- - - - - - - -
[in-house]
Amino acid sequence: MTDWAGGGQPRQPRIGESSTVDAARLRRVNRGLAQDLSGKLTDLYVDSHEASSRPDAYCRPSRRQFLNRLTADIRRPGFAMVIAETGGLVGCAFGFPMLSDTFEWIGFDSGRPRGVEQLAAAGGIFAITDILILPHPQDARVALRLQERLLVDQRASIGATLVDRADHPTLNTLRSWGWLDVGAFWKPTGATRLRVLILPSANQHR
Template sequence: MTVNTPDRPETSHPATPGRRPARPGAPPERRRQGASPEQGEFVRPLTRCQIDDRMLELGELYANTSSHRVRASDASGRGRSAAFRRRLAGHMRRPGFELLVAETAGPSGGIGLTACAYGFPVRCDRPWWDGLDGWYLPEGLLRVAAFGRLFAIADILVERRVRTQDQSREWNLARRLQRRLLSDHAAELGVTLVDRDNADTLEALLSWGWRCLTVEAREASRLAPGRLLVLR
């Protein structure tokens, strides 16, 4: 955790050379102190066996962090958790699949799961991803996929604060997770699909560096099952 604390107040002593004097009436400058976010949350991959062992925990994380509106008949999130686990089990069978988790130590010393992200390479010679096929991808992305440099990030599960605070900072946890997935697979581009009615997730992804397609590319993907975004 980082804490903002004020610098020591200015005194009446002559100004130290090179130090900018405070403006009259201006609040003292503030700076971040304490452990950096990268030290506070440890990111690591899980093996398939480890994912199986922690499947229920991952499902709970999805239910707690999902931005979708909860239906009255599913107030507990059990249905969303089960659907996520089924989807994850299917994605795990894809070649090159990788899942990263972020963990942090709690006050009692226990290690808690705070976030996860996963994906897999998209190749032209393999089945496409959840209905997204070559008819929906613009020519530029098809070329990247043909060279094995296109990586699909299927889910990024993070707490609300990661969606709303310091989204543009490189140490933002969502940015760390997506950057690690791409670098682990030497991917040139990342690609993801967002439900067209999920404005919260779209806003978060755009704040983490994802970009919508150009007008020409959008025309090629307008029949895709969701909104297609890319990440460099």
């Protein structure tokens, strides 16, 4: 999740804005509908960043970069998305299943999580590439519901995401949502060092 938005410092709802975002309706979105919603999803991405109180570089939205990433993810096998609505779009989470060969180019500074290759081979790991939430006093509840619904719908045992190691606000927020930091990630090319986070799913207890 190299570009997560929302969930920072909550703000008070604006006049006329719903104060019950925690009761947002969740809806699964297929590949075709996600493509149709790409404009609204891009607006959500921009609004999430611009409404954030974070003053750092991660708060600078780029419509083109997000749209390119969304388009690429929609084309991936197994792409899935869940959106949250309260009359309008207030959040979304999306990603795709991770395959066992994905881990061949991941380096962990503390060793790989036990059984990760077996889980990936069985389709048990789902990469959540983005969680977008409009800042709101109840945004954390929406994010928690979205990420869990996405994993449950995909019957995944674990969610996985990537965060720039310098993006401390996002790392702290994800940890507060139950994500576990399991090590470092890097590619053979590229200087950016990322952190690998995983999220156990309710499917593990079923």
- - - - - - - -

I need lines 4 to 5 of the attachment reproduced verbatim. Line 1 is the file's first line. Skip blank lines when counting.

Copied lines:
């Protein structure tokens, strides 16, 4: 955790050379102190066996962090958790699949799961991803996929604060997770699909560096099952 604390107040002593004097009436400058976010949350991959062992925990994380509106008949999130686990089990069978988790130590010393992200390479010679096929991808992305440099990030599960605070900072946890997935697979581009009615997730992804397609590319993907975004 980082804490903002004020610098020591200015005194009446002559100004130290090179130090900018405070403006009259201006609040003292503030700076971040304490452990950096990268030290506070440890990111690591899980093996398939480890994912199986922690499947229920991952499902709970999805239910707690999902931005979708909860239906009255599913107030507990059990249905969303089960659907996520089924989807994850299917994605795990894809070649090159990788899942990263972020963990942090709690006050009692226990290690808690705070976030996860996963994906897999998209190749032209393999089945496409959840209905997204070559008819929906613009020519530029098809070329990247043909060279094995296109990586699909299927889910990024993070707490609300990661969606709303310091989204543009490189140490933002969502940015760390997506950057690690791409670098682990030497991917040139990342690609993801967002439900067209999920404005919260779209806003978060755009704040983490994802970009919508150009007008020409959008025309090629307008029949895709969701909104297609890319990440460099």
């Protein structure tokens, strides 16, 4: 999740804005509908960043970069998305299943999580590439519901995401949502060092 938005410092709802975002309706979105919603999803991405109180570089939205990433993810096998609505779009989470060969180019500074290759081979790991939430006093509840619904719908045992190691606000927020930091990630090319986070799913207890 190299570009997560929302969930920072909550703000008070604006006049006329719903104060019950925690009761947002969740809806699964297929590949075709996600493509149709790409404009609204891009607006959500921009609004999430611009409404954030974070003053750092991660708060600078780029419509083109997000749209390119969304388009690429929609084309991936197994792409899935869940959106949250309260009359309008207030959040979304999306990603795709991770395959066992994905881990061949991941380096962990503390060793790989036990059984990760077996889980990936069985389709048990789902990469959540983005969680977008409009800042709101109840945004954390929406994010928690979205990420869990996405994993449950995909019957995944674990969610996985990537965060720039310098993006401390996002790392702290994800940890507060139950994500576990399991090590470092890097590619053979590229200087950016990322952190690998995983999220156990309710499917593990079923």